He was a prolific letter writer and he asked his sister Jane, to save them and she did. Though these letters have borne the elements of time, most of them survived in relatively good condition. Porter also began a Journal of his war years and that is included in my book as well.
        They were sent to "someone" in Hollywood in 1934 (36?) when Gone With the Wind was released to see if anyone there might have an interest in them at a time when the WBTS was popular. Nothing happened, but the letters did find their way back to St. Stephens, Al.  Then in the 1950's a University of Alabama student thought she would do something with Ben Porter's letters and took them off; but nothing came of this either, but thank God the family got the letters back.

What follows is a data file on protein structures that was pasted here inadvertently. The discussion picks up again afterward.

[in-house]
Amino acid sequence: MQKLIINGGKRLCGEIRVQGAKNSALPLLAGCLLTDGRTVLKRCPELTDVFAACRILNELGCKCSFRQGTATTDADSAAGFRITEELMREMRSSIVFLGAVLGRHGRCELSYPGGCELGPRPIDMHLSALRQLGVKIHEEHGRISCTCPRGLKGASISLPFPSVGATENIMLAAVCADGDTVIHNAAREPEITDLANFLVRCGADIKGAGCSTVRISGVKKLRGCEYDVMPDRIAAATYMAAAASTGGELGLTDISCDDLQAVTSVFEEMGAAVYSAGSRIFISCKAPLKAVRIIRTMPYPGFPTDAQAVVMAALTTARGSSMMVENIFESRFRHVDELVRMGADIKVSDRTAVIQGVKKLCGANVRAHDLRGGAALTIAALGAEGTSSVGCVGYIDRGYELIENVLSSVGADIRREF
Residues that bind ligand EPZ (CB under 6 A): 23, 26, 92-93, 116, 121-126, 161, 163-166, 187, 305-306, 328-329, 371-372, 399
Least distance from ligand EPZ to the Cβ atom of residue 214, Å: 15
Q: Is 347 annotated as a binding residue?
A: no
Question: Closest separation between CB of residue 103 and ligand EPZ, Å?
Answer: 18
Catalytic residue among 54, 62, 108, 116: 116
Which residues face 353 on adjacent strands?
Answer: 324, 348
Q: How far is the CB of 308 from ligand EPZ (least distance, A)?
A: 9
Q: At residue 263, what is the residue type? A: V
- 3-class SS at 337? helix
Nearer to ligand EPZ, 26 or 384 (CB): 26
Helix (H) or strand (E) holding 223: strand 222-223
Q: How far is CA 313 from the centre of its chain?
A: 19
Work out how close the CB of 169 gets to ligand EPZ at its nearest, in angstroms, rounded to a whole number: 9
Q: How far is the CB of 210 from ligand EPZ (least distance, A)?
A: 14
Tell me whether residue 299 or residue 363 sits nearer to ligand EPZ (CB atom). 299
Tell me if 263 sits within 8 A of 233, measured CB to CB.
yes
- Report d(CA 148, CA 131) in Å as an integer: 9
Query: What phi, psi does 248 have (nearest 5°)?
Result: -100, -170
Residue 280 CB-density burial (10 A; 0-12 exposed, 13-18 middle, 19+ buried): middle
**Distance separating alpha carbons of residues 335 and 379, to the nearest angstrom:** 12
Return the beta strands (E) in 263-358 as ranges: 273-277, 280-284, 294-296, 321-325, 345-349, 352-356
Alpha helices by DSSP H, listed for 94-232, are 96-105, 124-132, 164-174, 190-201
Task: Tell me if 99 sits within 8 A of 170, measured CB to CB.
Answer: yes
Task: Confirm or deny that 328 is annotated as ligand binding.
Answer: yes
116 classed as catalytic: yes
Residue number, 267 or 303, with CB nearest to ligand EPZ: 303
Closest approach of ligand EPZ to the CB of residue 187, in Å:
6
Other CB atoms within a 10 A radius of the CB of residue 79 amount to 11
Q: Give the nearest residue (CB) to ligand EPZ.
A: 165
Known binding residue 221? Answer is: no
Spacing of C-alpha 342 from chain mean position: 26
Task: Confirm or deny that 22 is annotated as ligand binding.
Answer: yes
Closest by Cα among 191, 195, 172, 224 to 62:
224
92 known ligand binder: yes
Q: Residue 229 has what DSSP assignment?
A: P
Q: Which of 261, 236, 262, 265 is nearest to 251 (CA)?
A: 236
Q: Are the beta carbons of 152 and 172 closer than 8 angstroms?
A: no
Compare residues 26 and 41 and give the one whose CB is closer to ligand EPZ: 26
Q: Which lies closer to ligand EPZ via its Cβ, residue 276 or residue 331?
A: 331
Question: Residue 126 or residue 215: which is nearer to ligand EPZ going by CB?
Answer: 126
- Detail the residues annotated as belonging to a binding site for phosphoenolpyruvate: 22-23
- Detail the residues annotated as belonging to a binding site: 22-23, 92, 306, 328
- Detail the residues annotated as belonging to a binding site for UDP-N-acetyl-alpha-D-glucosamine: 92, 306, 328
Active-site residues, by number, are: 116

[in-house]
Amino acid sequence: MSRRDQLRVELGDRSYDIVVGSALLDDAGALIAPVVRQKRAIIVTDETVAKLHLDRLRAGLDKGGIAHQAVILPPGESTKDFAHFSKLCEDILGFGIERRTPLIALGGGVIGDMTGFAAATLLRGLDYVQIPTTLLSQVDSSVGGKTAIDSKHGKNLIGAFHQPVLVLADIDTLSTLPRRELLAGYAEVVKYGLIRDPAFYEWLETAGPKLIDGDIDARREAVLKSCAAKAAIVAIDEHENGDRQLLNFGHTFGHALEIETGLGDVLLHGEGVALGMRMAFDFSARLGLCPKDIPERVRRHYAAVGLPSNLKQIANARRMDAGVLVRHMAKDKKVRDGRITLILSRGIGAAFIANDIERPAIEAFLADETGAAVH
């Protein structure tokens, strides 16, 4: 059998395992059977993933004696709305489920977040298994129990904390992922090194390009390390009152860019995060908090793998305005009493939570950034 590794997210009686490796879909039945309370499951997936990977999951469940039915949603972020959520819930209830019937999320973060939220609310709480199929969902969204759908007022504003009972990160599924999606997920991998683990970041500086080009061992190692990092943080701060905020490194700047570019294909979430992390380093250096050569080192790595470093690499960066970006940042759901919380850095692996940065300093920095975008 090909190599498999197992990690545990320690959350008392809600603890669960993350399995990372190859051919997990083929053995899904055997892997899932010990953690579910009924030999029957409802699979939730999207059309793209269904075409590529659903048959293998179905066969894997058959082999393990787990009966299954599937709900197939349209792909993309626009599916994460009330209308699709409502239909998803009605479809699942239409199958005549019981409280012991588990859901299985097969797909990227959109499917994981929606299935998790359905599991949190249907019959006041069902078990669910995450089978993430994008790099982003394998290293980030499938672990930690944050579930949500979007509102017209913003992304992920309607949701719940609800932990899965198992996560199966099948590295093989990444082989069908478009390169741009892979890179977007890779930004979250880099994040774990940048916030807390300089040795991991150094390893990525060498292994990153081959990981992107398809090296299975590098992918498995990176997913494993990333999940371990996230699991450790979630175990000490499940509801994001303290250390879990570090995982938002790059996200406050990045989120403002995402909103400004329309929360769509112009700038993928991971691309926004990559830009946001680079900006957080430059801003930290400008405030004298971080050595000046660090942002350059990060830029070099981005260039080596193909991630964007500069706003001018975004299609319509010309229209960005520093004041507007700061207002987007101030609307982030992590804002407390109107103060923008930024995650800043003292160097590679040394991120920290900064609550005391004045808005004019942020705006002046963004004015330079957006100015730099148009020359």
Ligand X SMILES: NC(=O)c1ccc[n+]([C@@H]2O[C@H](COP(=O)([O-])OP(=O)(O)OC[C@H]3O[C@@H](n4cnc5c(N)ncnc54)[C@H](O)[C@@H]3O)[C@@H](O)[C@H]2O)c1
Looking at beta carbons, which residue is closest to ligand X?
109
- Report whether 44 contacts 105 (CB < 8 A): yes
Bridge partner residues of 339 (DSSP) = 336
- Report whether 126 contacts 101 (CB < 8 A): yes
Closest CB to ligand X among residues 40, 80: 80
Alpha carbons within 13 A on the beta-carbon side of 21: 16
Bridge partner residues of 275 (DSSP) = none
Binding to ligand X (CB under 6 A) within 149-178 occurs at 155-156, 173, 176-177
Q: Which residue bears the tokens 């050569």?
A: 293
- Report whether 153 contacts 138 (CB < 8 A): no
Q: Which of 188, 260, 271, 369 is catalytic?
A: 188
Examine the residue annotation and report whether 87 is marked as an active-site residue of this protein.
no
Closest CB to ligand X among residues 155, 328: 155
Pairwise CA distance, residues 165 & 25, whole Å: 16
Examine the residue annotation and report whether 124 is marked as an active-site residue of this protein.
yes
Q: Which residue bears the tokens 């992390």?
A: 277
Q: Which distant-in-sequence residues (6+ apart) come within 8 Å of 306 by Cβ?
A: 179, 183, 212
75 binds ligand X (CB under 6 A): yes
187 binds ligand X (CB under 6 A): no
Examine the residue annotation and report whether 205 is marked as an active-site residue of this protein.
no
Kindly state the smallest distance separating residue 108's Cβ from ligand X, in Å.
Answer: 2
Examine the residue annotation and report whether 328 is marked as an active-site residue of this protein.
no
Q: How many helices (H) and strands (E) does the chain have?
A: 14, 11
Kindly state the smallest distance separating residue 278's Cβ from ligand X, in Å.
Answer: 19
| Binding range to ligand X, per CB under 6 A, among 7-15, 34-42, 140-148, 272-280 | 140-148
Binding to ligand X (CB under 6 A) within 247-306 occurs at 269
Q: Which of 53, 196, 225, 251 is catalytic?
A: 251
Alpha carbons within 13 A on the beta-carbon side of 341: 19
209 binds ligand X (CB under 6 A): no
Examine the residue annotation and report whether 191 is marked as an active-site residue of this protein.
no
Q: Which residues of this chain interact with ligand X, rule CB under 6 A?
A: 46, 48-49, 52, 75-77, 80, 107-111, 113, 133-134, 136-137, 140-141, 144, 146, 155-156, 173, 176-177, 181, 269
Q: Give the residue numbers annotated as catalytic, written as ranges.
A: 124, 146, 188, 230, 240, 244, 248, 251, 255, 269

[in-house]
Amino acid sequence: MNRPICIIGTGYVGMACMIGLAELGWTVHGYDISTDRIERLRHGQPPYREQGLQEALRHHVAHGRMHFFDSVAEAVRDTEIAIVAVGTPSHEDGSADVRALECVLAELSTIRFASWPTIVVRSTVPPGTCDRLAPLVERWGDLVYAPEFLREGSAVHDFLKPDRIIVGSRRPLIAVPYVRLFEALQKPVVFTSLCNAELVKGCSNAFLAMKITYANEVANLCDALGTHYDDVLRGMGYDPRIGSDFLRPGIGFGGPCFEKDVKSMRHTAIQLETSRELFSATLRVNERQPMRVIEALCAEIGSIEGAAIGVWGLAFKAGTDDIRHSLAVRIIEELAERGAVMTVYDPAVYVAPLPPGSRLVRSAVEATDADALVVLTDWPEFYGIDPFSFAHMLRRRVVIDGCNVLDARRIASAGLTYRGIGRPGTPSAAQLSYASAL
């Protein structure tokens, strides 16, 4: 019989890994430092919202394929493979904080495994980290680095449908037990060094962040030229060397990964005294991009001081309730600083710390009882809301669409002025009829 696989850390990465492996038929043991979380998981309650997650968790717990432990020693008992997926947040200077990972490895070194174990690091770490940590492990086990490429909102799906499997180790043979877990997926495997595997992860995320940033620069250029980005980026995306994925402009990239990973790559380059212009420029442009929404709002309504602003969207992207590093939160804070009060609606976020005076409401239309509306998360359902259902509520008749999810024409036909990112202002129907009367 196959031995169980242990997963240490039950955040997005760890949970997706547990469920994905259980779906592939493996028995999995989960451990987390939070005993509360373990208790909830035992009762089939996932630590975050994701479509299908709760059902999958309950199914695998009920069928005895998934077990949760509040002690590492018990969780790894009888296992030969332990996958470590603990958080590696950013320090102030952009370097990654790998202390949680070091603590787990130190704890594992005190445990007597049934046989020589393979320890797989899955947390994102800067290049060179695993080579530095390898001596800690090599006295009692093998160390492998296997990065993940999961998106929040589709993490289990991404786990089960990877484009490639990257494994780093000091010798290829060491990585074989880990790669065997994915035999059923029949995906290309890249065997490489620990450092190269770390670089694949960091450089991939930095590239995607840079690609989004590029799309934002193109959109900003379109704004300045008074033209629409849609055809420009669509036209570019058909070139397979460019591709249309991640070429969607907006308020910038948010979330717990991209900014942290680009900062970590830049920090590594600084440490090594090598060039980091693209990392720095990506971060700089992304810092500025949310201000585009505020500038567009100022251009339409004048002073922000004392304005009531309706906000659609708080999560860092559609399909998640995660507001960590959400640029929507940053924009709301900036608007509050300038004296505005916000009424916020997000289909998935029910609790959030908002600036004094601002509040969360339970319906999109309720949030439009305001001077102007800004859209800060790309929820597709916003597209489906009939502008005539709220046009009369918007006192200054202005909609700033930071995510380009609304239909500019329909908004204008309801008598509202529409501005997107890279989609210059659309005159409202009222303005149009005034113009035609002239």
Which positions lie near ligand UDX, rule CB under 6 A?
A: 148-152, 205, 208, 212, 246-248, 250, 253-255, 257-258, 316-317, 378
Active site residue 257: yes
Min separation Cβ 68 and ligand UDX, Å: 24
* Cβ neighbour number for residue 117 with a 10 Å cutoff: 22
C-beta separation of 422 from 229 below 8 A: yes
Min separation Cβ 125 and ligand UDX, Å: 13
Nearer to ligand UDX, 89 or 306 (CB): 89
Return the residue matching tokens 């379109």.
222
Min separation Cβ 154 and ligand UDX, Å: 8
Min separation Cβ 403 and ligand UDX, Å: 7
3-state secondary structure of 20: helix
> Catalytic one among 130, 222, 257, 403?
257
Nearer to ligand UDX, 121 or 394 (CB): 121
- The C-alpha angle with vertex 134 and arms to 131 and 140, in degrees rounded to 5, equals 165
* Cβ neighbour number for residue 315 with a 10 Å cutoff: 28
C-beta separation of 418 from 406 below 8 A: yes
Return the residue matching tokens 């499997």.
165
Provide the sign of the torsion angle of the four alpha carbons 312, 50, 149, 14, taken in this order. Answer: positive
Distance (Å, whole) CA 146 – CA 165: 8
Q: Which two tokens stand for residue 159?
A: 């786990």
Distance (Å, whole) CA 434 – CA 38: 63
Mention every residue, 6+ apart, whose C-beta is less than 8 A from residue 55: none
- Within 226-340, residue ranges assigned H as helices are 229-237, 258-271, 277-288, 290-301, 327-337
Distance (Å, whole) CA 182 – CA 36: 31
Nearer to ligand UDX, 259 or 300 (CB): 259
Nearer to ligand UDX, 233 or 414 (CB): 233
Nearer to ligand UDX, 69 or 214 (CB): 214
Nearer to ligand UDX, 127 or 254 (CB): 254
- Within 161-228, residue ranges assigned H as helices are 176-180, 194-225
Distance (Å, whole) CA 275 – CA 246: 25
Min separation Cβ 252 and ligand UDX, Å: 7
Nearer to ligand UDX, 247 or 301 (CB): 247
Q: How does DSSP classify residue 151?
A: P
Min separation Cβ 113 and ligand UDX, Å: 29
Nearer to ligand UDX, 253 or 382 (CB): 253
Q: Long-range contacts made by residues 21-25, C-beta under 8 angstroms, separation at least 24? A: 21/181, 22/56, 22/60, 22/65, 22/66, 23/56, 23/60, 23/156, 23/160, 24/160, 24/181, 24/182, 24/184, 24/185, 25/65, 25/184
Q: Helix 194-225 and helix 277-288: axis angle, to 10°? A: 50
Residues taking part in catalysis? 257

Porter saw action at Seven Pines, Gaines Mill, Fredericksburg, Salem Church, Wilderness, Harper's Ferry, months on end around Richmond, Petersburg, Spotsylvania Court House, North Anna River, the Crater, Reams Station, Sharpsburg.
        Although the 11th was in the Battle of Gettysburg, Benjamin Franklin Porter was not there; he was in the hospital and missed that critical engagement. He tells of his company's losses and regrets having missed being there to help. It would have been great to have had an eyewitness account of that high water mark, along with the others, but then perhaps we'd not have very many letters of Porter's had he been in the engagement.